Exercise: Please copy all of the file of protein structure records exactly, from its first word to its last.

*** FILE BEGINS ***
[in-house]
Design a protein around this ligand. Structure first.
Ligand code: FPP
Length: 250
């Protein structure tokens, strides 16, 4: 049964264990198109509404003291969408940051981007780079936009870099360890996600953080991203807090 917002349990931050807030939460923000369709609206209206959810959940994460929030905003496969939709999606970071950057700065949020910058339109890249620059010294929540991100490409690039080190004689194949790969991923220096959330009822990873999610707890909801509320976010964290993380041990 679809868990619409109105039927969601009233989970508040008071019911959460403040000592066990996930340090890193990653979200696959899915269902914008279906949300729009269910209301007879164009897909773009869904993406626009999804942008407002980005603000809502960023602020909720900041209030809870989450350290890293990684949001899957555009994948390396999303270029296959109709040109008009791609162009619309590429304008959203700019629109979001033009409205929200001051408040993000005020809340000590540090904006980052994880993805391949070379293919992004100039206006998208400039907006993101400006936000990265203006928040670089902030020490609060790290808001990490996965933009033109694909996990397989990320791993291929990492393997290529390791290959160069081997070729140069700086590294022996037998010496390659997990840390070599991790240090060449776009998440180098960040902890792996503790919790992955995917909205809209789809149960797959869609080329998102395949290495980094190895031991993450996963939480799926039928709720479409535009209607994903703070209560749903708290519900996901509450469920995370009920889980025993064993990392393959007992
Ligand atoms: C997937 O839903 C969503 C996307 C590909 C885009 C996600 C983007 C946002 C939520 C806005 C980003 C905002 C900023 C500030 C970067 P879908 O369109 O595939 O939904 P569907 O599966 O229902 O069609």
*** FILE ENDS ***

[in-house]
Design a protein around this ligand. Structure first.
Ligand code: FPP
Length: 250
């Protein structure tokens, strides 16, 4: 049964264990198109509404003291969408940051981007780079936009870099360890996600953080991203807090 917002349990931050807030939460923000369709609206209206959810959940994460929030905003496969939709999606970071950057700065949020910058339109890249620059010294929540991100490409690039080190004689194949790969991923220096959330009822990873999610707890909801509320976010964290993380041990 679809868990619409109105039927969601009233989970508040008071019911959460403040000592066990996930340090890193990653979200696959899915269902914008279906949300729009269910209301007879164009897909773009869904993406626009999804942008407002980005603000809502960023602020909720900041209030809870989450350290890293990684949001899957555009994948390396999303270029296959109709040109008009791609162009619309590429304008959203700019629109979001033009409205929200001051408040993000005020809340000590540090904006980052994880993805391949070379293919992004100039206006998208400039907006993101400006936000990265203006928040670089902030020490609060790290808001990490996965933009033109694909996990397989990320791993291929990492393997290529390791290959160069081997070729140069700086590294022996037998010496390659997990840390070599991790240090060449776009998440180098960040902890792996503790919790992955995917909205809209789809149960797959869609080329998102395949290495980094190895031991993450996963939480799926039928709720479409535009209607994903703070209560749903708290519900996901509450469920995370009920889980025993064993990392393959007992
Ligand atoms: C997937 O839903 C969503 C996307 C590909 C885009 C996600 C983007 C946002 C939520 C806005 C980003 C905002 C900023 C500030 C970067 P879908 O369109 O595939 O939904 P569907 O599966 O229902 O069609």